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SCOTUS Denies Stay for Florida Repeat Killer

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Deborah Kammerer, 29, was raped and murdered in 1980.  The killer then dragged her into Tampa Bay.  It didn't need to happen.  Robert Waterhouse had previously been convicted of murdering a 77-year-old woman in Long Island during a burglary.  He was paroled after only 8 years.

Waterhouse has been sentenced to death twice for his second murder.  Mitch Stacy has this story for AP.

The US Supreme Court this morning denied a stay of execution.  No dissents are noted.

Update:  The execution was held up for two hours while SCOTUS considered and denied a second petition.  Again, no dissents are noted.  Mitch Stacy has this post-execution story for AP.

5 Comments

This is an important entry for two reasons. First, it illustrates what can -- and, every so often, will -- happen when we lose our nerve and decline to impose the DP the first time around. Abolitionists constantly tell us that we can achieve equal safety from secure imprisonment as from the DP, but this is false, and they must know it's false even as they speak.

Second, the folks promising us that life without parole REALLY means "without parole" come from the same mindset that decided to release this killer after eight years. The promise on "no parole, ever" is not to be believed. It's a political expedient, nothing more. They know the promise of LWOP is needed to sell the abolitionist agenda, so they'll say it.

But saying it is not believing it. A huge contingent of abolitionism believes, not just that the DP should go, but that the entire American criminal justice system is punitive to the point of being barbaric. They no more believe in LWOP than I believe in people from Saturn. The push for what they claim will be LWOP comes from the same group that, when parole was in their hands, cheerfully released Mr. Waterhouse. They must have known he was a risk; the problem was not lack of knowledge but lack of giving a hoot about future victims. And that is the same problem the country will have if it falls for this, "Oh, but we REALLY DO MEAN no parole, this time."

In order to believe in "no parole," you've got to believe in punishment, and way down deep, they don't.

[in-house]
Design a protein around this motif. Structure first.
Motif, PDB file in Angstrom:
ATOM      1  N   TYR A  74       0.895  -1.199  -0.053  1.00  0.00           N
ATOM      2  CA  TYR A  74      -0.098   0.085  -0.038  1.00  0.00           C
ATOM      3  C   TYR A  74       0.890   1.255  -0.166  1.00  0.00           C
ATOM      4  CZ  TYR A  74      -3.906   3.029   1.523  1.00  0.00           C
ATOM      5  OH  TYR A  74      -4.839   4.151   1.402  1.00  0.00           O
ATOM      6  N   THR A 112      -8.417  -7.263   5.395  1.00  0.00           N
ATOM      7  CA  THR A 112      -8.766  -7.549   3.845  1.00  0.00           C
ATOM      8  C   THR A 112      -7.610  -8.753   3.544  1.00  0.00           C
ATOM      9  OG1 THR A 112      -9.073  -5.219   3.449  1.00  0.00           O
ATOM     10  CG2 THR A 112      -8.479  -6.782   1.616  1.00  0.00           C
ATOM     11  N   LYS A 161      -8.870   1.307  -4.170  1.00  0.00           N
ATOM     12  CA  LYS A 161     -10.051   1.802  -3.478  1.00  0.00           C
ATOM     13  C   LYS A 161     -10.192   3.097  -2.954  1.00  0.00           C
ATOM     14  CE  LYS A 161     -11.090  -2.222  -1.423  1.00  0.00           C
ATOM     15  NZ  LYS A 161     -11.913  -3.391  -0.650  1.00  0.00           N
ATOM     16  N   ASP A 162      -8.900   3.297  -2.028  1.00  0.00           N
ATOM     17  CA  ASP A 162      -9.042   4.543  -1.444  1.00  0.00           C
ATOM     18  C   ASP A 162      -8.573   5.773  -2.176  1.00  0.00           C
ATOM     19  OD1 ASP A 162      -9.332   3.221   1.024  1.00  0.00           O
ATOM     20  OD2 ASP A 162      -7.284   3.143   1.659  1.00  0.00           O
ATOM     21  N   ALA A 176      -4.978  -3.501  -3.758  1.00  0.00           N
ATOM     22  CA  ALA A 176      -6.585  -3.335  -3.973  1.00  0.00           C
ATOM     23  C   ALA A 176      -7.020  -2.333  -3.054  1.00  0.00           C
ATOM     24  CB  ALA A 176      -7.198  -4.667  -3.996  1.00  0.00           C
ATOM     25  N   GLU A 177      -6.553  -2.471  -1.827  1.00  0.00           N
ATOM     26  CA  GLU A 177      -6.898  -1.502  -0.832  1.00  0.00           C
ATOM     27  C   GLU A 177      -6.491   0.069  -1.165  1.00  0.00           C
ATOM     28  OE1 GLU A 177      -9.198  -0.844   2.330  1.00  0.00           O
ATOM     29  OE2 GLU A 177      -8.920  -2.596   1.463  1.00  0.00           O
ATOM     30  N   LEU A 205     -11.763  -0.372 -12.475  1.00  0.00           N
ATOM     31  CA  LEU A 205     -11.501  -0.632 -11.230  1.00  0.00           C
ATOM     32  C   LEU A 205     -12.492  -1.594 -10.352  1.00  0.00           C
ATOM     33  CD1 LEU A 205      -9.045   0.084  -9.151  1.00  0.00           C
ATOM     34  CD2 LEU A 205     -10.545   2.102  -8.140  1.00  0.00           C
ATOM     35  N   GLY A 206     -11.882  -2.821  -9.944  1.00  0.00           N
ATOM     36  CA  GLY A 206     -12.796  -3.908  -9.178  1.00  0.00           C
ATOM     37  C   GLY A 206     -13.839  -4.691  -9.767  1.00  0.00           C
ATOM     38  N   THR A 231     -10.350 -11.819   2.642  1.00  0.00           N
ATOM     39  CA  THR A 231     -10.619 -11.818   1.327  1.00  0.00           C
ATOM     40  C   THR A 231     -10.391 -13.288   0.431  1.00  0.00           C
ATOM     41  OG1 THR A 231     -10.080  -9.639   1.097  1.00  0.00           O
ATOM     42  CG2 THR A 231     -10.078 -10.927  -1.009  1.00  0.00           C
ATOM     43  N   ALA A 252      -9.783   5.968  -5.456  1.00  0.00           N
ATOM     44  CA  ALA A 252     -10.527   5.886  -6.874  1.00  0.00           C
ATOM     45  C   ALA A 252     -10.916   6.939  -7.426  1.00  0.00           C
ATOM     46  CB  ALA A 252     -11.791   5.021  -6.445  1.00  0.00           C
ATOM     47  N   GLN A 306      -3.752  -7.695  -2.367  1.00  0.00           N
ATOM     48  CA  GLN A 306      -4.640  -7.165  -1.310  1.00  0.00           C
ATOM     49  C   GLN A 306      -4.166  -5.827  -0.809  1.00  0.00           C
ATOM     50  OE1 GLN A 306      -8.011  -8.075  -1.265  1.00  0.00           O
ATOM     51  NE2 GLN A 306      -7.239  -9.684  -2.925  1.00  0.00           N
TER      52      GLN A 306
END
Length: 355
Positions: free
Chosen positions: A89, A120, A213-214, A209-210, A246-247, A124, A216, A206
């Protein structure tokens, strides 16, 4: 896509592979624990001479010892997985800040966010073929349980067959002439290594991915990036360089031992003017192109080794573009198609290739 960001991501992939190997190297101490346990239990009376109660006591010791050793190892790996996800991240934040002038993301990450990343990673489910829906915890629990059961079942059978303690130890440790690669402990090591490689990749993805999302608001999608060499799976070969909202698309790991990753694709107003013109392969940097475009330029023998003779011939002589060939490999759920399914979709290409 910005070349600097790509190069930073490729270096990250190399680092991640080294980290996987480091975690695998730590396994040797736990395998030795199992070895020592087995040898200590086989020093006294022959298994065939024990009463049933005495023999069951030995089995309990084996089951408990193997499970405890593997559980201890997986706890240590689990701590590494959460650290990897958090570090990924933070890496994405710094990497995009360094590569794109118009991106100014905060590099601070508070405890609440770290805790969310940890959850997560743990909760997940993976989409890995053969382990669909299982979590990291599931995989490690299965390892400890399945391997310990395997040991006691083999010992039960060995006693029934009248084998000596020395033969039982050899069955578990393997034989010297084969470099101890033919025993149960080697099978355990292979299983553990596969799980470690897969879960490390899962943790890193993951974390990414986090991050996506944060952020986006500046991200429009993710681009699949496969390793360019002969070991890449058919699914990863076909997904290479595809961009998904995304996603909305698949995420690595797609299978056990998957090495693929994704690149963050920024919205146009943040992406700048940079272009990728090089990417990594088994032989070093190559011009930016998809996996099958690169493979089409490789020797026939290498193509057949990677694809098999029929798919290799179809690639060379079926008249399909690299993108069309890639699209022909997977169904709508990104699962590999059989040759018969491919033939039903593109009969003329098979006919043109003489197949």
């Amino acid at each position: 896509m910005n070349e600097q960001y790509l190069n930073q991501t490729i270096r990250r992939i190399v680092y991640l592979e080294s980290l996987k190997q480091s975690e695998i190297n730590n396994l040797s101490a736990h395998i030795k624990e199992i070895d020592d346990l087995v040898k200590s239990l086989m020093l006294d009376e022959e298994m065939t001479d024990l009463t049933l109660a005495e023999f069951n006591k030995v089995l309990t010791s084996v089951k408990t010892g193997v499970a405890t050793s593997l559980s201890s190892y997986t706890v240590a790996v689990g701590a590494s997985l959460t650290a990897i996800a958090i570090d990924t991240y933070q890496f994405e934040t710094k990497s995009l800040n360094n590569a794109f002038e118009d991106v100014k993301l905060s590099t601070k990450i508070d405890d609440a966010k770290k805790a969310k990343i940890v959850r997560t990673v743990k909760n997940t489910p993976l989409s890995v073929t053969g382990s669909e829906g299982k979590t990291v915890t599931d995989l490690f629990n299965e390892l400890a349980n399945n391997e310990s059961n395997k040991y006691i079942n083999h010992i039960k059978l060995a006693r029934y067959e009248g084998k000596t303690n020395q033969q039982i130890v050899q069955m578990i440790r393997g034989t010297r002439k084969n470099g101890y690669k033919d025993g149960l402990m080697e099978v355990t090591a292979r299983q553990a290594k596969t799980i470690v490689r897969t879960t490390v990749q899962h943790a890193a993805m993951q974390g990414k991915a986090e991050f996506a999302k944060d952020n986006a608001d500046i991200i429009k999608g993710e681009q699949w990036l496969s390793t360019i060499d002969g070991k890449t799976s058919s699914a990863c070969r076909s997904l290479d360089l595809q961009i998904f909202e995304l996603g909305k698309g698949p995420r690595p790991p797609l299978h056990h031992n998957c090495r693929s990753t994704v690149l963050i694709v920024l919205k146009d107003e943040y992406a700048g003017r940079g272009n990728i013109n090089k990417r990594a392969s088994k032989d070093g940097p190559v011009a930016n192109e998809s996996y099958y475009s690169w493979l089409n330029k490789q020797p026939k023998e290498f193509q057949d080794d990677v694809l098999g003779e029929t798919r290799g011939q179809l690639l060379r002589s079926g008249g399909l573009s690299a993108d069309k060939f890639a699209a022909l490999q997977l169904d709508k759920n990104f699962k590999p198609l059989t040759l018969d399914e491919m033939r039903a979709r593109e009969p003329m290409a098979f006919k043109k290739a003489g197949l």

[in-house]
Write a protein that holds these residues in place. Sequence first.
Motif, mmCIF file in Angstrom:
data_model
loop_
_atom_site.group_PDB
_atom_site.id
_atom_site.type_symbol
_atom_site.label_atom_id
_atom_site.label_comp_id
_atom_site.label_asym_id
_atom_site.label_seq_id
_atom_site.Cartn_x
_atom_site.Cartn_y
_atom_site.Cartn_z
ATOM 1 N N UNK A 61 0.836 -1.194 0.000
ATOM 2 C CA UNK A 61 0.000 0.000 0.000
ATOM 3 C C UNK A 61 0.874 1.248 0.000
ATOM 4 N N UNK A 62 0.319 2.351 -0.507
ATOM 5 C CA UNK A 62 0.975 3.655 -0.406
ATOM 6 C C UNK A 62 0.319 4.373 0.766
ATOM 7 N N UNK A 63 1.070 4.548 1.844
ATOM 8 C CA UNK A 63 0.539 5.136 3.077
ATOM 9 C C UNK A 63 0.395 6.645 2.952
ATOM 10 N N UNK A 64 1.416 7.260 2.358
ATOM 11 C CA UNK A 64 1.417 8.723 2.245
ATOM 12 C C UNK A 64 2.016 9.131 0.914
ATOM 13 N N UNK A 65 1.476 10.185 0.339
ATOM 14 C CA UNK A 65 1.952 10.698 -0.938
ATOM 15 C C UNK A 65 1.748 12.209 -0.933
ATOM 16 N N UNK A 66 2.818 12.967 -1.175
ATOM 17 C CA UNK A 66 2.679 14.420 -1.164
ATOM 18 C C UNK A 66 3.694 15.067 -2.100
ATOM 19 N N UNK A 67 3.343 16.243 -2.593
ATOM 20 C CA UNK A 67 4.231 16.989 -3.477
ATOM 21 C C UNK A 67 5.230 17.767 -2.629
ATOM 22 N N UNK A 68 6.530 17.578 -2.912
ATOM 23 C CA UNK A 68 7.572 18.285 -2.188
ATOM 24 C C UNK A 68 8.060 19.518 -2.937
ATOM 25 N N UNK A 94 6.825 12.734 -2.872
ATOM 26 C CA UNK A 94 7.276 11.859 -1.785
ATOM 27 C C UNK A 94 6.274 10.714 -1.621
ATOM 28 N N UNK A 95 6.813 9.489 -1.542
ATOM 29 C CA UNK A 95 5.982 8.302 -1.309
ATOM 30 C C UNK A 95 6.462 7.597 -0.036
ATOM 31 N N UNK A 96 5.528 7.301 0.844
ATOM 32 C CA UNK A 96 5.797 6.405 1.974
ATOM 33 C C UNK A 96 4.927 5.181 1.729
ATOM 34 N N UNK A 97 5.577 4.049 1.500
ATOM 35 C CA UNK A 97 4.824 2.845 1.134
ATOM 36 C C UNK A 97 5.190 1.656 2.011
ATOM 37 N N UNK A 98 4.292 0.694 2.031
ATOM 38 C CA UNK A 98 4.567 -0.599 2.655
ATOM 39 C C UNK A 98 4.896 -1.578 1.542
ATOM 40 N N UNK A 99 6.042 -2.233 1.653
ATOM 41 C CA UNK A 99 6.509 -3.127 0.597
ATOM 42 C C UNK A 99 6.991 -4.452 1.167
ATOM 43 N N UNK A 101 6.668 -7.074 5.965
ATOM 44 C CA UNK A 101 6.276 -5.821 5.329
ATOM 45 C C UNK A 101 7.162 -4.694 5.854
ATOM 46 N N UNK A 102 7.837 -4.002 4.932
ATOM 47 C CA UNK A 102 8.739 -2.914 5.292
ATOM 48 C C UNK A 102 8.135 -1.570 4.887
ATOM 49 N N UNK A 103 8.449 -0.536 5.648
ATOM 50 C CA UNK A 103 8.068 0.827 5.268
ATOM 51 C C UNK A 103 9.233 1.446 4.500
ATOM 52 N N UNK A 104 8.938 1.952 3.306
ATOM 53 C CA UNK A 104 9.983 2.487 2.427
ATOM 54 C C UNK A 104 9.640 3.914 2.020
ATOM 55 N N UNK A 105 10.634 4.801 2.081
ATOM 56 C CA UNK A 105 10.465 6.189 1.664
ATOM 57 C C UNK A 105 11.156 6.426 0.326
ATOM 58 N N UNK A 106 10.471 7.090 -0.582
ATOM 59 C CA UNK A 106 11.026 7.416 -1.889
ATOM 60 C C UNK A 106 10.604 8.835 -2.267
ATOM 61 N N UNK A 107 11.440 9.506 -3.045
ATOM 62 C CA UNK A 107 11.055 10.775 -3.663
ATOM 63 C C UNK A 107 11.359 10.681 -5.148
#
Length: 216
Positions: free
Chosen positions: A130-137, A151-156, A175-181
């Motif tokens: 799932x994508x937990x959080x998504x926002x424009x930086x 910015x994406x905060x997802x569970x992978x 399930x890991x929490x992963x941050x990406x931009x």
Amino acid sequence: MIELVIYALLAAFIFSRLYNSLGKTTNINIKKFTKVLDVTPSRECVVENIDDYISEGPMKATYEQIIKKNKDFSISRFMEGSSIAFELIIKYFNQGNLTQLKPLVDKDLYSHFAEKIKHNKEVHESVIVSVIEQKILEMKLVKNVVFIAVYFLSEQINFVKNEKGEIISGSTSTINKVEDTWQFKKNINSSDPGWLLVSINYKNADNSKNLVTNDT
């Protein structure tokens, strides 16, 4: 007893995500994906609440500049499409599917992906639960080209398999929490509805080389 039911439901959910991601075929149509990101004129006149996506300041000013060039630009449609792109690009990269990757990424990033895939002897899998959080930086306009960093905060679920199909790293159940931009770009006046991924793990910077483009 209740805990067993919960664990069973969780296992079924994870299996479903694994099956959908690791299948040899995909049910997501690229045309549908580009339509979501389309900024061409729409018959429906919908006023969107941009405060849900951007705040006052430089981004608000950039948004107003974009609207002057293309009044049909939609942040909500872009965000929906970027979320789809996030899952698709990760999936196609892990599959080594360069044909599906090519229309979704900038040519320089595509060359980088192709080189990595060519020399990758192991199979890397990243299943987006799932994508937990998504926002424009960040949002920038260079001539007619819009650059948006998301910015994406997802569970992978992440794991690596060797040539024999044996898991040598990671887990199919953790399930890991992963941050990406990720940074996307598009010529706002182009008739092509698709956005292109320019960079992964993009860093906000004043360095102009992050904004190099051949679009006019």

"The push for what they claim will be LWOP comes from the same group that, when parole was in their hands, cheerfully released Mr. Waterhouse. They must have known he was a risk; the problem was not lack of knowledge but lack of giving a hoot about future victims."

I think some actually think that society deserves their predations. Of course, society is made up of individuals--e.g., single moms trying to raise kids who didn't do anything to anyone.

The world will be a better place when Waterhouse leaves it.

Why states hold up executions for last-minute appeals is beyond me. If there is no stay, then the chemicals should flow.

Voluntarily delaying a few hours so that the court does not need to issue a stay can be a valid strategy in some circumstances, IMHO.

I understand that point of view, and I don't necessarily disagree. A few points: (a) the victims' families may be there--I cannot imagine the agony of people who have waited over thirty years for justice to have a delay (with the uncertainty) so one more court can pick over the case, (b) knowing that the state will wait encourages these last-minute filings and (c) some of these stays have been granted, which means that the stays have cost real people justice.

It is an affront to the dignity of the state. When a date is set after years of appeals, that date and time should have some certainty--and that certainty should not be upset by the mere filing of an appeal that almost certainly is either duplicative or could have been filed much earlier in the process.

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